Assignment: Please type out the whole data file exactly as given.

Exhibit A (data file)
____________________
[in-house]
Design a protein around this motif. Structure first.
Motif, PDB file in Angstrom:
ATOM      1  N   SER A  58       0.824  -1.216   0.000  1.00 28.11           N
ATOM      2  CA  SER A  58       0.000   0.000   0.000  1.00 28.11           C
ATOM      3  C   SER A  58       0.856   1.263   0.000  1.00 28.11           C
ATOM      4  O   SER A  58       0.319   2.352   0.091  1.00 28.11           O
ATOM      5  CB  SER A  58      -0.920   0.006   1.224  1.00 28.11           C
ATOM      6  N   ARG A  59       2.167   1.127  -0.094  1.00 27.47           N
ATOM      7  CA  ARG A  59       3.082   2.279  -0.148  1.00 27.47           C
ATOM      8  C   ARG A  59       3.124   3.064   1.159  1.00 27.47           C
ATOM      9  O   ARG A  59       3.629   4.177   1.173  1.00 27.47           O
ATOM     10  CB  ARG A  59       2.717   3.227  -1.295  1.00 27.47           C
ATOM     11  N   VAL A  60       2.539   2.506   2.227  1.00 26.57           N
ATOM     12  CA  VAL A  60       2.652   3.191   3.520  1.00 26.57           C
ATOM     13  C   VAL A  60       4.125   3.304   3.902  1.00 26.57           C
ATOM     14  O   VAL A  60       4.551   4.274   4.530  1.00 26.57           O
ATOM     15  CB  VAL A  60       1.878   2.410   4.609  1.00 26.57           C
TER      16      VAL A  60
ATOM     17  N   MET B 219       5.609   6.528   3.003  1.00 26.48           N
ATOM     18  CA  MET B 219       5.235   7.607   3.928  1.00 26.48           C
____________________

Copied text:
[in-house]
Design a protein around this motif. Structure first.
Motif, PDB file in Angstrom:
ATOM      1  N   SER A  58       0.824  -1.216   0.000  1.00 28.11           N
ATOM      2  CA  SER A  58       0.000   0.000   0.000  1.00 28.11           C
ATOM      3  C   SER A  58       0.856   1.263   0.000  1.00 28.11           C
ATOM      4  O   SER A  58       0.319   2.352   0.091  1.00 28.11           O
ATOM      5  CB  SER A  58      -0.920   0.006   1.224  1.00 28.11           C
ATOM      6  N   ARG A  59       2.167   1.127  -0.094  1.00 27.47           N
ATOM      7  CA  ARG A  59       3.082   2.279  -0.148  1.00 27.47           C
ATOM      8  C   ARG A  59       3.124   3.064   1.159  1.00 27.47           C
ATOM      9  O   ARG A  59       3.629   4.177   1.173  1.00 27.47           O
ATOM     10  CB  ARG A  59       2.717   3.227  -1.295  1.00 27.47           C
ATOM     11  N   VAL A  60       2.539   2.506   2.227  1.00 26.57           N
ATOM     12  CA  VAL A  60       2.652   3.191   3.520  1.00 26.57           C
ATOM     13  C   VAL A  60       4.125   3.304   3.902  1.00 26.57           C
ATOM     14  O   VAL A  60       4.551   4.274   4.530  1.00 26.57           O
ATOM     15  CB  VAL A  60       1.878   2.410   4.609  1.00 26.57           C
TER      16      VAL A  60
ATOM     17  N   MET B 219       5.609   6.528   3.003  1.00 26.48           N
ATOM     18  CA  MET B 219       5.235   7.607   3.928  1.00 26.48           C